Blog Post Abbey Robertson, Vanessa Pius Jul 1, 2024

3 Reasons NPCA's 2024 ‘Pride in Our Parks’ Was Our Best Yet

Couldn’t make it to NPCA’s June events celebrating LGBTQ+ pride? Here’s a recap that we hope  inspires you to join us next year. 

At NPCA, we know the importance of ensuring parks are places where all feel welcome to learn and explore. Aside from abiding by Leave No Trace principles and park rules and regulations, there’s no wrong way to visit a park. Spending time in national parks can make for meaningful experiences that stick with visitors for a lifetime.

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In the spirit of ensuring parks are equitable, accessible places for all, NPCA and our partners at Underwood hosted events in Biscayne, Olympic and Indiana Dunes national parks as part of our annual Pride in Our Parks celebration. The free events were led by friends of NPCA who are leaders in their own virtual outdoor communities and the LGBTQ+ community — Chris & Alex, MB and Mikah. From exploring the Hoh Rainforest to snorkeling off the coast of Florida, attendees had the opportunity to meet other park-loving members of the LGBTQ+ community while learning more about parks and how NPCA works to ensure they are protected.

1. More attendees = more fun

With participants from across the country, these events marked NPCA’s largest Pride in Our Parks ever since the program began four years ago. This meant more people having a great time in the parks, building connections and community, and learning about the importance of ensuring these one-of-a-kind places are protected for future generations to enjoy.

Our Indiana Dunes event drew participants from as close as Chicago and as far away as Lexington, Kentucky. It was powerful to see community members of all ages connect during these events, which offered an opportunity for intergenerational bonding and healing — and help each other out during LGBTQ+ history trivia.

Some participants came solo, others with partners or friends. But everyone had two important things in common: a love for parks and a deep-rooted connection to the LGBTQ+ community. These events marked a lot of firsts for our participants: first national parks, first Pride events, first time feeling comfortable being “out” outside and, in one case, a very successful fourth date.

2. Learning about gender-bending wildlife

While our Pride in Our Parks events aimed to bring together human members of the LGBTQ+ community, there was plenty to learn about the many animals dwelling in our national parks that deviate from the gender binary. For example, the banana slugs found in Olympic National Park can be male, female, both or even shift biologically from having both male and female organs to only female. Attendees at the event in Florida learned about Pepe and Enrique, Florida’s famous same-sex pelican couple, as well as about some of the 1,500-plus species biologists have found exhibiting same-sex behavior.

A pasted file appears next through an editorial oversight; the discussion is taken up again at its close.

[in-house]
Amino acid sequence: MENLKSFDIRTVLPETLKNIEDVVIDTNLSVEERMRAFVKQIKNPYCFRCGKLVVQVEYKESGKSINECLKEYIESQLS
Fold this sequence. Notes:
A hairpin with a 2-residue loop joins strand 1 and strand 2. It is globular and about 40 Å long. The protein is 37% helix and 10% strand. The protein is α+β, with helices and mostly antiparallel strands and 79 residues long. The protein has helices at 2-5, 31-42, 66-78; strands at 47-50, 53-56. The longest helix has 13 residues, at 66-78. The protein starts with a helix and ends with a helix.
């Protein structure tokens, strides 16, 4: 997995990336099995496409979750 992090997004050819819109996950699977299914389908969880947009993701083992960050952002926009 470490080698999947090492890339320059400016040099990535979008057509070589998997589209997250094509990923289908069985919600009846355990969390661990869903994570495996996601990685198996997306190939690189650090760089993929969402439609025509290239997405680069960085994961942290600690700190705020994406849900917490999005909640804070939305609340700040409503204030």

As Chris & Alex put it in an Instagram post, “For any LGBTQ+ person who’s had any doubts as to whether or not they have a place among the redwoods and volcanoes or are as natural as the parrot fish or blue-headed wrasse of our National Park System, know that you’re just as worth defending and advocating for generations to come.”

3. Having once-in-a-lifetime experiences with new friends

To further connect and engage LGBTQ+ park lovers, NPCA planned an itinerary to help people explore the parks’ varied ecosystems through activities they may not have tried before. In Biscayne National Park, attendees donned snorkeling masks and fins to learn firsthand about the gender-shifting fish of the Atlantic Ocean as well as the other diverse marine life found within the park.

In Indiana Dunes, attendees climbed the sandbanks and removed invasive species with rangers, offering a new perspective on a fascinating and fragile landscape. In Olympic National Park, a hike up the park’s famous Hurricane Ridge Trail made for an epic photoshoot from the trail’s iconic vista along the ridgeline.

As one participant said, “It’s truly amazing how powerful representation can be and how impactful it is to be out in large numbers … It’s moments like this that remind me the power in being out and proud.”

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While this year’s Pride month commemorations have ended, NPCA’s work to ensure parks are equitable, accessible places for everyone to explore and enjoy continues. Whether you choose to summit Mount Whitney in Sequoia National Park, take a stroll through the cholla in Joshua Tree National Park or learn about LGBTQ+ history at Stonewall National Monument, NPCA knows the importance of ensuring that people of diverse backgrounds, experiences and identities feel welcome. We hope you join us for Pride in Our Parks next year!

About the authors

  • Abbey Robertson Senior Manager, Internal Communcations

    As the senior manager of internal communications, Abbey serves as creative content producer and dedicated resource to staff to ensure NPCA's work, mission and impact are communicated clearly and concisely to all audiences.

  • Vanessa Pius Senior Manager, Social Media and Engagement

    As Senior Manager, Social Media and Engagement, Vanessa advances NPCA’s mission through creative storytelling and engaging the organization’s online community.

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